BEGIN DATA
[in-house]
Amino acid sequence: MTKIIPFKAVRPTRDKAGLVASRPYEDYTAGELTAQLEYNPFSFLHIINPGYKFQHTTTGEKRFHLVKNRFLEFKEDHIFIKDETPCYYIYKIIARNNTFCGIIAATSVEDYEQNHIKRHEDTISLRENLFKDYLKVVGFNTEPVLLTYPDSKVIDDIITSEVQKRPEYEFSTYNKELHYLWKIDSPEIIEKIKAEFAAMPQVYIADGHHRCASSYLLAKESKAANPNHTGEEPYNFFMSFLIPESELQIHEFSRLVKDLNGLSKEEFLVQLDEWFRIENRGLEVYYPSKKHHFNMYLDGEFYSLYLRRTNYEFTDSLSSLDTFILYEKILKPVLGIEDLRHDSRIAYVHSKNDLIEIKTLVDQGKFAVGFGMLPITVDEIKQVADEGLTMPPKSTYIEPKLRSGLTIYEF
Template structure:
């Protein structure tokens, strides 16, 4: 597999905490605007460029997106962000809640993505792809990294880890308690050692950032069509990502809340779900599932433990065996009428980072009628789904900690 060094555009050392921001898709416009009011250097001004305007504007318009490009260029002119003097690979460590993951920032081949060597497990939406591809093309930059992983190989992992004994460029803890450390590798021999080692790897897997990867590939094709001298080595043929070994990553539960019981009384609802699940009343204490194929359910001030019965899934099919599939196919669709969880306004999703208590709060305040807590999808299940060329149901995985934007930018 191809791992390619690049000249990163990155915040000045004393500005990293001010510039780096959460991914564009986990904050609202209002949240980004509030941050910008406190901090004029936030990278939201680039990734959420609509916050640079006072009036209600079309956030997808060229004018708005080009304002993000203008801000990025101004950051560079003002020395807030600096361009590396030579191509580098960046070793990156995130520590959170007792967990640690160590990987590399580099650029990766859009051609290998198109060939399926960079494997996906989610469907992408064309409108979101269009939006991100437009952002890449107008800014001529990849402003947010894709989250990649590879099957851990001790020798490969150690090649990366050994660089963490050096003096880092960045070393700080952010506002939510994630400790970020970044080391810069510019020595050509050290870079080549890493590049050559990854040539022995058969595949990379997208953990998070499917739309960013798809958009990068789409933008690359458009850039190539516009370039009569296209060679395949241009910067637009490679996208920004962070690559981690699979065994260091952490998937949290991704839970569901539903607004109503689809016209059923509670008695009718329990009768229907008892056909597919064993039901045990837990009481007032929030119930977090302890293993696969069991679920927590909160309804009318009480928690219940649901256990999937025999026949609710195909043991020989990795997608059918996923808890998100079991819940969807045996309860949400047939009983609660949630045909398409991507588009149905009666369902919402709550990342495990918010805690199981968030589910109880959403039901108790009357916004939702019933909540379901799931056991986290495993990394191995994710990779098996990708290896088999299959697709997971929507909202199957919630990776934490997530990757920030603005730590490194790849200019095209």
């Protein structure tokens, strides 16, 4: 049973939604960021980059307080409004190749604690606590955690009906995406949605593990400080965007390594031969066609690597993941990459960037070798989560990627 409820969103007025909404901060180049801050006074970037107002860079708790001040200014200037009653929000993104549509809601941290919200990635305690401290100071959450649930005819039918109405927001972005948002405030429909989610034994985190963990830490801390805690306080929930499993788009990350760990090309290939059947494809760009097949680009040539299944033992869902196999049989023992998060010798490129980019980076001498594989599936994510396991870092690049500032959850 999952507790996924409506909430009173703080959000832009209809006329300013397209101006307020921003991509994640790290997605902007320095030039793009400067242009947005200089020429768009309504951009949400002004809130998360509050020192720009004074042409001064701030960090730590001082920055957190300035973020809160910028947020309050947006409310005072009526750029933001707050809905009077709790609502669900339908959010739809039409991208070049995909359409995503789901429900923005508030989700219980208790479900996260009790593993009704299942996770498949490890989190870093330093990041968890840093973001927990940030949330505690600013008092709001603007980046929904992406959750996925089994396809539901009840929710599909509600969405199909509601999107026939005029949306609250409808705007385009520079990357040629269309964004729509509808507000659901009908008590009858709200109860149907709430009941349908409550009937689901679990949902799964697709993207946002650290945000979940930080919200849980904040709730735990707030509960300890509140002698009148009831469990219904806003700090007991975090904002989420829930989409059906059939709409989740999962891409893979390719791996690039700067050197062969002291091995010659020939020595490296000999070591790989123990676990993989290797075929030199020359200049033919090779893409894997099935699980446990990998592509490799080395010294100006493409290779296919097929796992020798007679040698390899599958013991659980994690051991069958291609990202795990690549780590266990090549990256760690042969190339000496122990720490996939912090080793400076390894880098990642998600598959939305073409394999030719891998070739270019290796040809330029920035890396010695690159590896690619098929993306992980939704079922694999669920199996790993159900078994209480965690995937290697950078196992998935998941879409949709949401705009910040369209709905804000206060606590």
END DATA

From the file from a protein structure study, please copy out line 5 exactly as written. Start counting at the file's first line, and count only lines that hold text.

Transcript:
């Protein structure tokens, strides 16, 4: 049973939604960021980059307080409004190749604690606590955690009906995406949605593990400080965007390594031969066609690597993941990459960037070798989560990627 409820969103007025909404901060180049801050006074970037107002860079708790001040200014200037009653929000993104549509809601941290919200990635305690401290100071959450649930005819039918109405927001972005948002405030429909989610034994985190963990830490801390805690306080929930499993788009990350760990090309290939059947494809760009097949680009040539299944033992869902196999049989023992998060010798490129980019980076001498594989599936994510396991870092690049500032959850 999952507790996924409506909430009173703080959000832009209809006329300013397209101006307020921003991509994640790290997605902007320095030039793009400067242009947005200089020429768009309504951009949400002004809130998360509050020192720009004074042409001064701030960090730590001082920055957190300035973020809160910028947020309050947006409310005072009526750029933001707050809905009077709790609502669900339908959010739809039409991208070049995909359409995503789901429900923005508030989700219980208790479900996260009790593993009704299942996770498949490890989190870093330093990041968890840093973001927990940030949330505690600013008092709001603007980046929904992406959750996925089994396809539901009840929710599909509600969405199909509601999107026939005029949306609250409808705007385009520079990357040629269309964004729509509808507000659901009908008590009858709200109860149907709430009941349908409550009937689901679990949902799964697709993207946002650290945000979940930080919200849980904040709730735990707030509960300890509140002698009148009831469990219904806003700090007991975090904002989420829930989409059906059939709409989740999962891409893979390719791996690039700067050197062969002291091995010659020939020595490296000999070591790989123990676990993989290797075929030199020359200049033919090779893409894997099935699980446990990998592509490799080395010294100006493409290779296919097929796992020798007679040698390899599958013991659980994690051991069958291609990202795990690549780590266990090549990256760690042969190339000496122990720490996939912090080793400076390894880098990642998600598959939305073409394999030719891998070739270019290796040809330029920035890396010695690159590896690619098929993306992980939704079922694999669920199996790993159900078994209480965690995937290697950078196992998935998941879409949709949401705009910040369209709905804000206060606590």